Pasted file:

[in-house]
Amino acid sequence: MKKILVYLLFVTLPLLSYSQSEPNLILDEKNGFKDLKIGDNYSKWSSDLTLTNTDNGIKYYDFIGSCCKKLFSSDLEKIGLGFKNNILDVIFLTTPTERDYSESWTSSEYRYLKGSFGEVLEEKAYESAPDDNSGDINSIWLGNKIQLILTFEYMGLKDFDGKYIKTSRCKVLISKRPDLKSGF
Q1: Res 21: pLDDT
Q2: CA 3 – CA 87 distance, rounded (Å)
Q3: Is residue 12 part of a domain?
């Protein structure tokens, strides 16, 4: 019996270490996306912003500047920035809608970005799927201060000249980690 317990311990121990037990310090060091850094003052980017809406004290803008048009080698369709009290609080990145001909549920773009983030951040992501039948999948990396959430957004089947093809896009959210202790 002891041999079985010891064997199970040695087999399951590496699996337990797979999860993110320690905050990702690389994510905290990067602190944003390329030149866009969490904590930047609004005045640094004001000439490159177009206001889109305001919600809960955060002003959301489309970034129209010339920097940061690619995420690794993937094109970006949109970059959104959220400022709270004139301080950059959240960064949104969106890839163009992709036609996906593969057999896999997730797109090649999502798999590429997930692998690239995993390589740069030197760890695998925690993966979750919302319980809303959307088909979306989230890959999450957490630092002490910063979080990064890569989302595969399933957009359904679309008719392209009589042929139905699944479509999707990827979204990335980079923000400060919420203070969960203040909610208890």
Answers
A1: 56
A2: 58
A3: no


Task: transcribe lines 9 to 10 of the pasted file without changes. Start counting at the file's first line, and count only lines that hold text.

A2: 58
A3: no